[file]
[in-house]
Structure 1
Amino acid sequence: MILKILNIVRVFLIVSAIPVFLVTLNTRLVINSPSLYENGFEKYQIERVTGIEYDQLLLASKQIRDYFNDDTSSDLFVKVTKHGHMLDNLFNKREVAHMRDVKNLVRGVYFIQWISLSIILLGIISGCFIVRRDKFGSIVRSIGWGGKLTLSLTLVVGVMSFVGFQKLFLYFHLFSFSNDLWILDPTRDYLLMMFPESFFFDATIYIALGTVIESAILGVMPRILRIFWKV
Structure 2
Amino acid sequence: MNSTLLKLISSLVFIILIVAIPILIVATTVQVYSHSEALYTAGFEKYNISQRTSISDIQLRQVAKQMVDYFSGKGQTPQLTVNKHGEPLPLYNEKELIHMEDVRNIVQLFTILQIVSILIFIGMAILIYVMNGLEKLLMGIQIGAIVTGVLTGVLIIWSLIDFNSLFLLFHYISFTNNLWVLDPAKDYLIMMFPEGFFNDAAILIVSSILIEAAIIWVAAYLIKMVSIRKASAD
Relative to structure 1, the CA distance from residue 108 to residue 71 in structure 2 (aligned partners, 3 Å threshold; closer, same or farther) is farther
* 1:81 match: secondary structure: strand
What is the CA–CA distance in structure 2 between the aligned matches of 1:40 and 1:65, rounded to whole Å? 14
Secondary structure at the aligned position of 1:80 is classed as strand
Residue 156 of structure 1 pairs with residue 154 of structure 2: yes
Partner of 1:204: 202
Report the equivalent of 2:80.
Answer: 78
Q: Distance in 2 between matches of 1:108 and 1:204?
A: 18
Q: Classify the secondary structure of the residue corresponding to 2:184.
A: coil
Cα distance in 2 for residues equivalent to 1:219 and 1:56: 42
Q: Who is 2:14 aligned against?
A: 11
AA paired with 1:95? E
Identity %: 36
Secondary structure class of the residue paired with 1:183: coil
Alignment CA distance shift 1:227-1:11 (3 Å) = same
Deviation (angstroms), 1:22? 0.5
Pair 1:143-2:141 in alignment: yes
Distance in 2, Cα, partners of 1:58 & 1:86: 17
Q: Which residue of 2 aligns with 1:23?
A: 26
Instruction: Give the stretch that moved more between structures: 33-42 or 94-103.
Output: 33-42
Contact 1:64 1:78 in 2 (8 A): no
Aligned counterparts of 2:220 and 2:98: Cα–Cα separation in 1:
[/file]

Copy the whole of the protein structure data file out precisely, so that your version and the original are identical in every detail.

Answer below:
[in-house]
Structure 1
Amino acid sequence: MILKILNIVRVFLIVSAIPVFLVTLNTRLVINSPSLYENGFEKYQIERVTGIEYDQLLLASKQIRDYFNDDTSSDLFVKVTKHGHMLDNLFNKREVAHMRDVKNLVRGVYFIQWISLSIILLGIISGCFIVRRDKFGSIVRSIGWGGKLTLSLTLVVGVMSFVGFQKLFLYFHLFSFSNDLWILDPTRDYLLMMFPESFFFDATIYIALGTVIESAILGVMPRILRIFWKV
Structure 2
Amino acid sequence: MNSTLLKLISSLVFIILIVAIPILIVATTVQVYSHSEALYTAGFEKYNISQRTSISDIQLRQVAKQMVDYFSGKGQTPQLTVNKHGEPLPLYNEKELIHMEDVRNIVQLFTILQIVSILIFIGMAILIYVMNGLEKLLMGIQIGAIVTGVLTGVLIIWSLIDFNSLFLLFHYISFTNNLWVLDPAKDYLIMMFPEGFFNDAAILIVSSILIEAAIIWVAAYLIKMVSIRKASAD
Relative to structure 1, the CA distance from residue 108 to residue 71 in structure 2 (aligned partners, 3 Å threshold; closer, same or farther) is farther
* 1:81 match: secondary structure: strand
What is the CA–CA distance in structure 2 between the aligned matches of 1:40 and 1:65, rounded to whole Å? 14
Secondary structure at the aligned position of 1:80 is classed as strand
Residue 156 of structure 1 pairs with residue 154 of structure 2: yes
Partner of 1:204: 202
Report the equivalent of 2:80.
Answer: 78
Q: Distance in 2 between matches of 1:108 and 1:204?
A: 18
Q: Classify the secondary structure of the residue corresponding to 2:184.
A: coil
Cα distance in 2 for residues equivalent to 1:219 and 1:56: 42
Q: Who is 2:14 aligned against?
A: 11
AA paired with 1:95? E
Identity %: 36
Secondary structure class of the residue paired with 1:183: coil
Alignment CA distance shift 1:227-1:11 (3 Å) = same
Deviation (angstroms), 1:22? 0.5
Pair 1:143-2:141 in alignment: yes
Distance in 2, Cα, partners of 1:58 & 1:86: 17
Q: Which residue of 2 aligns with 1:23?
A: 26
Instruction: Give the stretch that moved more between structures: 33-42 or 94-103.
Output: 33-42
Contact 1:64 1:78 in 2 (8 A): no
Aligned counterparts of 2:220 and 2:98: Cα–Cα separation in 1: